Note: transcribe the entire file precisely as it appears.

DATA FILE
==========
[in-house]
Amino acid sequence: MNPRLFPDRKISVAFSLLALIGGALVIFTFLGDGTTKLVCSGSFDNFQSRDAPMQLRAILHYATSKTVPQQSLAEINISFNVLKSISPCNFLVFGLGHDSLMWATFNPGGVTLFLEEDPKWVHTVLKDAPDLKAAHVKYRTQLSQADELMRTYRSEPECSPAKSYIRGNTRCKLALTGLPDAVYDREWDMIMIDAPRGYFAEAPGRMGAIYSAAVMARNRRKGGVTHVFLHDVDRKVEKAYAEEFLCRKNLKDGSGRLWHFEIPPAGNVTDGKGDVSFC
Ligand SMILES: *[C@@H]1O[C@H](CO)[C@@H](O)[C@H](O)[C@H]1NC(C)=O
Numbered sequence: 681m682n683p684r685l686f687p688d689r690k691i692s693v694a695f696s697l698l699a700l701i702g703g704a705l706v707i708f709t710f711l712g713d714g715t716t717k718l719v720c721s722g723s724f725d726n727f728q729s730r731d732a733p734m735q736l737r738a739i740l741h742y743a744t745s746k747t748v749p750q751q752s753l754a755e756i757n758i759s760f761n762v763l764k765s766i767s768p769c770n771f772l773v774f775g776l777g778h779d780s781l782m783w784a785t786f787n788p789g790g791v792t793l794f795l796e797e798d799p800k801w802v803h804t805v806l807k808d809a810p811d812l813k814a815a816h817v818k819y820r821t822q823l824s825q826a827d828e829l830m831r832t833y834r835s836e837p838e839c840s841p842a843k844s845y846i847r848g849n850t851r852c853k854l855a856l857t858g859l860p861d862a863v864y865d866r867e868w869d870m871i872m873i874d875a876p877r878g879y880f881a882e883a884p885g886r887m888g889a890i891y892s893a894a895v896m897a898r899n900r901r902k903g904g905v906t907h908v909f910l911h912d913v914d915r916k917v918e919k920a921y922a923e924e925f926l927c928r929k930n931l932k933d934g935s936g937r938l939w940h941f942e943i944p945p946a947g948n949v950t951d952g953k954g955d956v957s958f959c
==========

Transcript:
[in-house]
Amino acid sequence: MNPRLFPDRKISVAFSLLALIGGALVIFTFLGDGTTKLVCSGSFDNFQSRDAPMQLRAILHYATSKTVPQQSLAEINISFNVLKSISPCNFLVFGLGHDSLMWATFNPGGVTLFLEEDPKWVHTVLKDAPDLKAAHVKYRTQLSQADELMRTYRSEPECSPAKSYIRGNTRCKLALTGLPDAVYDREWDMIMIDAPRGYFAEAPGRMGAIYSAAVMARNRRKGGVTHVFLHDVDRKVEKAYAEEFLCRKNLKDGSGRLWHFEIPPAGNVTDGKGDVSFC
Ligand SMILES: *[C@@H]1O[C@H](CO)[C@@H](O)[C@H](O)[C@H]1NC(C)=O
Numbered sequence: 681m682n683p684r685l686f687p688d689r690k691i692s693v694a695f696s697l698l699a700l701i702g703g704a705l706v707i708f709t710f711l712g713d714g715t716t717k718l719v720c721s722g723s724f725d726n727f728q729s730r731d732a733p734m735q736l737r738a739i740l741h742y743a744t745s746k747t748v749p750q751q752s753l754a755e756i757n758i759s760f761n762v763l764k765s766i767s768p769c770n771f772l773v774f775g776l777g778h779d780s781l782m783w784a785t786f787n788p789g790g791v792t793l794f795l796e797e798d799p800k801w802v803h804t805v806l807k808d809a810p811d812l813k814a815a816h817v818k819y820r821t822q823l824s825q826a827d828e829l830m831r832t833y834r835s836e837p838e839c840s841p842a843k844s845y846i847r848g849n850t851r852c853k854l855a856l857t858g859l860p861d862a863v864y865d866r867e868w869d870m871i872m873i874d875a876p877r878g879y880f881a882e883a884p885g886r887m888g889a890i891y892s893a894a895v896m897a898r899n900r901r902k903g904g905v906t907h908v909f910l911h912d913v914d915r916k917v918e919k920a921y922a923e924e925f926l927c928r929k930n931l932k933d934g935s936g937r938l939w940h941f942e943i944p945p946a947g948n949v950t951d952g953k954g955d956v957s958f959c